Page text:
However, being merciful as parent does not mean we let our kids run over us. Showing mercy does not mean we ignore rebellion or disobedience. Demonstrating mercy is not picking and choosing, at random, when we are going to discipline our children. Mercy is about how we interact with our children and how we show love to them, even as we give discipline.
So how does this play out? Let me give an example of what this may look like in practice. A few months ago, my son Kaleb was asked to go up to his room before bed and do a few chores. I waited about fifteen to twenty minutes before going upstairs to get him in the bed. When I got upstairs and went into his room, I discovered not only had he not done what I asked him to do, he had taken a short-cut and tried to make it look like he did what he was asked. In other words, he disobeyed by not doing what he was asked, and on top of it, he attempted to deceive me into thinking that he had.
So when I discovered this, I was upset. I began with giving an impassioned speech about my displeasure with his actions. I then proceeded to layout his punishment: no bedtime movie and no electronics the next day. This was the discipline portion. I did not spank him on this occasion, because I did not feel that this particular offense merited a spanking. However, I enforced a discipline that would still have the intended effect of making him feel the consequences of his choice. After my lecture, he was tucked into bed, and I started to walk out. But then he stopped me, and asked, "Dad, can you pray?" This is where the mercy side of things can be difficult. I did not want to pray. We usually pray every night, but I did not want to tonight. I was mad. He willfully lied and attempted to deceive. I wanted him to feel how mad I was. However, this is taking it beyond the goal of discipline. So I came back to his bed, sat down beside him, put my on him, and prayed. I gave him a kiss, told him I loved him, and left the room.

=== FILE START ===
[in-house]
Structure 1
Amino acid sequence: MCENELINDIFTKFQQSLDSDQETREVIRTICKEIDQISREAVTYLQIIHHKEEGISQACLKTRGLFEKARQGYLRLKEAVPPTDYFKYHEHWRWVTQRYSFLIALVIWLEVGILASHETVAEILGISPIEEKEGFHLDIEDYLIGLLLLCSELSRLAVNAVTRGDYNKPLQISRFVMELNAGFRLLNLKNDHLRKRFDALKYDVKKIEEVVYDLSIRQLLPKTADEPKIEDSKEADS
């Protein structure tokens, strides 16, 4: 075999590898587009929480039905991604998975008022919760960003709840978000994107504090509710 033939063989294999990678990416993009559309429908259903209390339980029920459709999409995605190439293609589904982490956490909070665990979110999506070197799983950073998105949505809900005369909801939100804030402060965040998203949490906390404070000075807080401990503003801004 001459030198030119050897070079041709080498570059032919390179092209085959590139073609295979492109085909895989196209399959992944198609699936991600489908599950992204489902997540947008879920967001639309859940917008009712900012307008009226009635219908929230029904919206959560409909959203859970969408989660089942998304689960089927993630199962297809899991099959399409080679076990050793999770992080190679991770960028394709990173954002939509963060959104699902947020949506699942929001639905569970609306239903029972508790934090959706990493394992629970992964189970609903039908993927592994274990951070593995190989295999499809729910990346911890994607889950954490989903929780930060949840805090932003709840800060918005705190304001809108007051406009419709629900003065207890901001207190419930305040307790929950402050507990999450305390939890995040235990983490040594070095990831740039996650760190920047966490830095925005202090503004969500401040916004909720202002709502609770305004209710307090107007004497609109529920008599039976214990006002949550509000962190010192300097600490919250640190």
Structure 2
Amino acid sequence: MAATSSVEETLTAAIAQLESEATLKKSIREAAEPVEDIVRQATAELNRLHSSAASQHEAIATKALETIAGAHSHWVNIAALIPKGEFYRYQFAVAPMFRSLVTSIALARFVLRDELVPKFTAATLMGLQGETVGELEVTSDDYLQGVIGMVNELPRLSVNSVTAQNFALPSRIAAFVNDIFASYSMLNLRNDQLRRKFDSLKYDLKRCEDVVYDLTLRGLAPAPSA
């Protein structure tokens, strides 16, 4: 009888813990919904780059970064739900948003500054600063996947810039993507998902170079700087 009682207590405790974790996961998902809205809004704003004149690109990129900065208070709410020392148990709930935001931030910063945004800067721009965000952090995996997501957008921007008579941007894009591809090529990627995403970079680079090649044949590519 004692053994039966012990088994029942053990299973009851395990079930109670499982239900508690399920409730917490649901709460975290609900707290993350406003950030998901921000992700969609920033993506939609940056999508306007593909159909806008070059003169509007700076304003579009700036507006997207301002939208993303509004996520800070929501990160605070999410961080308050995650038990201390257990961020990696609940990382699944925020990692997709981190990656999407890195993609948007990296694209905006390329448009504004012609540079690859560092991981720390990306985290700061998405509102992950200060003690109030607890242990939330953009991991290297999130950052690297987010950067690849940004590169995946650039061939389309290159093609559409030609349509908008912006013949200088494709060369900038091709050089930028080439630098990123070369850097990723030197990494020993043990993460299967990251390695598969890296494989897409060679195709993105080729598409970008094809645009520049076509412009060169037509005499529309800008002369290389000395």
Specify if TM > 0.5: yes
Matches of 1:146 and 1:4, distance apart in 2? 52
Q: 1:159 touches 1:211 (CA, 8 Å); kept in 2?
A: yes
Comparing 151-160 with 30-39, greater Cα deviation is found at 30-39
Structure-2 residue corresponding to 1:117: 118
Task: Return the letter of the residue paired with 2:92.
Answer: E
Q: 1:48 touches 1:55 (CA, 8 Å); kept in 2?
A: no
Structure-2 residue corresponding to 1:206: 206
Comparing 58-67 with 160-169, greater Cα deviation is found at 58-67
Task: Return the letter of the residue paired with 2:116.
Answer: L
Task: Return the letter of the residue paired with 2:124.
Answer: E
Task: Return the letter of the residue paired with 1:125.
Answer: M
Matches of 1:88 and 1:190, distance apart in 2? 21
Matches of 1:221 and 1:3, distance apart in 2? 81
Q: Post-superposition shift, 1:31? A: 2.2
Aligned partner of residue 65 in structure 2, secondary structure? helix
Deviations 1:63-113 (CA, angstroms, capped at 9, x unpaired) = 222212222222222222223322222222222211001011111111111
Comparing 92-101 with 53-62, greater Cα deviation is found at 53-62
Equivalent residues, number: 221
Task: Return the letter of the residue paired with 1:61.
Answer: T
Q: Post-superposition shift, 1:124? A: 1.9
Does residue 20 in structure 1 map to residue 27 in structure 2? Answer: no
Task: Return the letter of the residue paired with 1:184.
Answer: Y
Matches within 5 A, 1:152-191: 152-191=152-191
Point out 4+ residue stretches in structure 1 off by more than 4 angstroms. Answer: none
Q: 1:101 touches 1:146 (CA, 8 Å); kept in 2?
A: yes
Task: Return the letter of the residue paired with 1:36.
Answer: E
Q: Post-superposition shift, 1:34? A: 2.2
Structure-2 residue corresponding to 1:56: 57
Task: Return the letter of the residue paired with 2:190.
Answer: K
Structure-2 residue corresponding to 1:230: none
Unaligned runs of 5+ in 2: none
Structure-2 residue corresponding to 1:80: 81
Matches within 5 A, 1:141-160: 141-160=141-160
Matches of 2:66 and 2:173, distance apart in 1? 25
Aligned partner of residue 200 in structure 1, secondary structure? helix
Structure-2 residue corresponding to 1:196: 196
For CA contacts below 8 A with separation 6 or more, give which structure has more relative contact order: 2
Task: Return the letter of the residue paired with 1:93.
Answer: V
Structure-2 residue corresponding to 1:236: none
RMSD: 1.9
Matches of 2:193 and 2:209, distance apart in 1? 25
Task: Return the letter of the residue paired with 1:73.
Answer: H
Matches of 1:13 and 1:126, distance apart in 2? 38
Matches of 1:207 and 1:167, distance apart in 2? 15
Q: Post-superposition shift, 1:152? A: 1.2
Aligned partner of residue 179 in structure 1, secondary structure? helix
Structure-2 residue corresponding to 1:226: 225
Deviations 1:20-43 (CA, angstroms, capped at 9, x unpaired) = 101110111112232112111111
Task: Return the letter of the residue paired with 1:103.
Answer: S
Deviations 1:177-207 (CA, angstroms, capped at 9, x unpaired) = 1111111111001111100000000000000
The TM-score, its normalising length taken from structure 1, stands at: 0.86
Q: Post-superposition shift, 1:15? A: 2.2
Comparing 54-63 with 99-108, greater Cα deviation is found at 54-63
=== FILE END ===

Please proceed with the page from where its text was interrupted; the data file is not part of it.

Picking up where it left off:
Parenting is a tough balance. Discipline was absolutely necessary in this situation. Can you imagine if I let his behavior and actions go unpunished? That is the recipe for a teenager who will be unbearable, and an adult with serious problems. Yet, giving mercy alongside of discipline is hard. I could have easily walked out, slammed the door, and refused to pray with him and tell him I love him. "That will teach him," I could have reasoned to myself. The goal is not to shame or shun my child. Discipline is about love. So giving mercy is necessary as we discipline. I prayed with him, told him I loved him, and gave him a hug and kiss. This is an example of how the two must operate together.
John Piper said in a sermon once that the goal of parenting is to be the role of God in the child's life until they are old enough to realize you are not God. This is a profound thought. He is not suggesting for us to really think of ourselves as God. Instead, he is showing the vital role parents play in shaping the thoughts and lives of their children. The parent is supposed to be a picture of God to their child. A disciplinarian who shows loving mercy; this is what every child deserves to have in their parents.
God perfectly displayed this reality of his nature and character at the cross of Jesus. There at the cross, the discipline of God poured forth on Jesus as he was punished in the place of sinners as a substitute. But at the cross, we also find mercy. There is mercy for all who place their faith in Jesus and God withholds from them what they deserve, judgment. We are to strike this balance with our parenting. There are times when we need to discipline our children, because we love them. But we also need to be givers of mercy, not winking at their sin, but showing them that their mistakes do not keep back our love or make them anything less than our beloved child.